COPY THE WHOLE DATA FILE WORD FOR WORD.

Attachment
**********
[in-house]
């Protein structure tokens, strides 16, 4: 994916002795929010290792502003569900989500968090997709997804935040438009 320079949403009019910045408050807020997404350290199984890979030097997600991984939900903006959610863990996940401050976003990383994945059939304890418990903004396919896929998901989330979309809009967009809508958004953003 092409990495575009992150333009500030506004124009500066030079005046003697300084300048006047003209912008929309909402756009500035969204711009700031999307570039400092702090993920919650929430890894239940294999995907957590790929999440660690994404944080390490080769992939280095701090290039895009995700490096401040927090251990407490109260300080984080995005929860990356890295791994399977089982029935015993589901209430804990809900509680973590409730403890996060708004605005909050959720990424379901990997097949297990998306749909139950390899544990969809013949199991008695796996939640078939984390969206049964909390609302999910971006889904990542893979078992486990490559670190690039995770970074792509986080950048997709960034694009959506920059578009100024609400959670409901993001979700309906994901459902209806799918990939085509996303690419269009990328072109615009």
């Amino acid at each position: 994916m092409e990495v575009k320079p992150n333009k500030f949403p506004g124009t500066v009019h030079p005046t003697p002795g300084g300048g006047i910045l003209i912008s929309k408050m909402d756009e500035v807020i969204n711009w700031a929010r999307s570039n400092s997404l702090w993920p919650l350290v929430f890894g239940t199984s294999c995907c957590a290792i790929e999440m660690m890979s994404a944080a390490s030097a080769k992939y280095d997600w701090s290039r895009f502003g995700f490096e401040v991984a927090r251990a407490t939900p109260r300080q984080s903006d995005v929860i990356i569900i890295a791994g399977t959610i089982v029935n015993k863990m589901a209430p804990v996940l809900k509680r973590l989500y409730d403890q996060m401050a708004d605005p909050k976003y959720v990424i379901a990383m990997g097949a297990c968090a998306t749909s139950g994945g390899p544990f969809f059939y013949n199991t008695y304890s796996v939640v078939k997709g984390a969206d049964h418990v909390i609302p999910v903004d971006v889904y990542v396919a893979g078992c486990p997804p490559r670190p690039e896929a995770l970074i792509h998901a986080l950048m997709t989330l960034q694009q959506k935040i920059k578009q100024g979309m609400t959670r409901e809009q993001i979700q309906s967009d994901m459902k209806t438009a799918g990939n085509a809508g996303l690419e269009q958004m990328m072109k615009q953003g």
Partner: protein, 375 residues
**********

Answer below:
[in-house]
């Protein structure tokens, strides 16, 4: 994916002795929010290792502003569900989500968090997709997804935040438009 320079949403009019910045408050807020997404350290199984890979030097997600991984939900903006959610863990996940401050976003990383994945059939304890418990903004396919896929998901989330979309809009967009809508958004953003 092409990495575009992150333009500030506004124009500066030079005046003697300084300048006047003209912008929309909402756009500035969204711009700031999307570039400092702090993920919650929430890894239940294999995907957590790929999440660690994404944080390490080769992939280095701090290039895009995700490096401040927090251990407490109260300080984080995005929860990356890295791994399977089982029935015993589901209430804990809900509680973590409730403890996060708004605005909050959720990424379901990997097949297990998306749909139950390899544990969809013949199991008695796996939640078939984390969206049964909390609302999910971006889904990542893979078992486990490559670190690039995770970074792509986080950048997709960034694009959506920059578009100024609400959670409901993001979700309906994901459902209806799918990939085509996303690419269009990328072109615009």
């Amino acid at each position: 994916m092409e990495v575009k320079p992150n333009k500030f949403p506004g124009t500066v009019h030079p005046t003697p002795g300084g300048g006047i910045l003209i912008s929309k408050m909402d756009e500035v807020i969204n711009w700031a929010r999307s570039n400092s997404l702090w993920p919650l350290v929430f890894g239940t199984s294999c995907c957590a290792i790929e999440m660690m890979s994404a944080a390490s030097a080769k992939y280095d997600w701090s290039r895009f502003g995700f490096e401040v991984a927090r251990a407490t939900p109260r300080q984080s903006d995005v929860i990356i569900i890295a791994g399977t959610i089982v029935n015993k863990m589901a209430p804990v996940l809900k509680r973590l989500y409730d403890q996060m401050a708004d605005p909050k976003y959720v990424i379901a990383m990997g097949a297990c968090a998306t749909s139950g994945g390899p544990f969809f059939y013949n199991t008695y304890s796996v939640v078939k997709g984390a969206d049964h418990v909390i609302p999910v903004d971006v889904y990542v396919a893979g078992c486990p997804p490559r670190p690039e896929a995770l970074i792509h998901a986080l950048m997709t989330l960034q694009q959506k935040i920059k578009q100024g979309m609400t959670r409901e809009q993001i979700q309906s967009d994901m459902k209806t438009a799918g990939n085509a809508g996303l690419e269009q958004m990328m072109k615009q953003g």
Partner: protein, 375 residues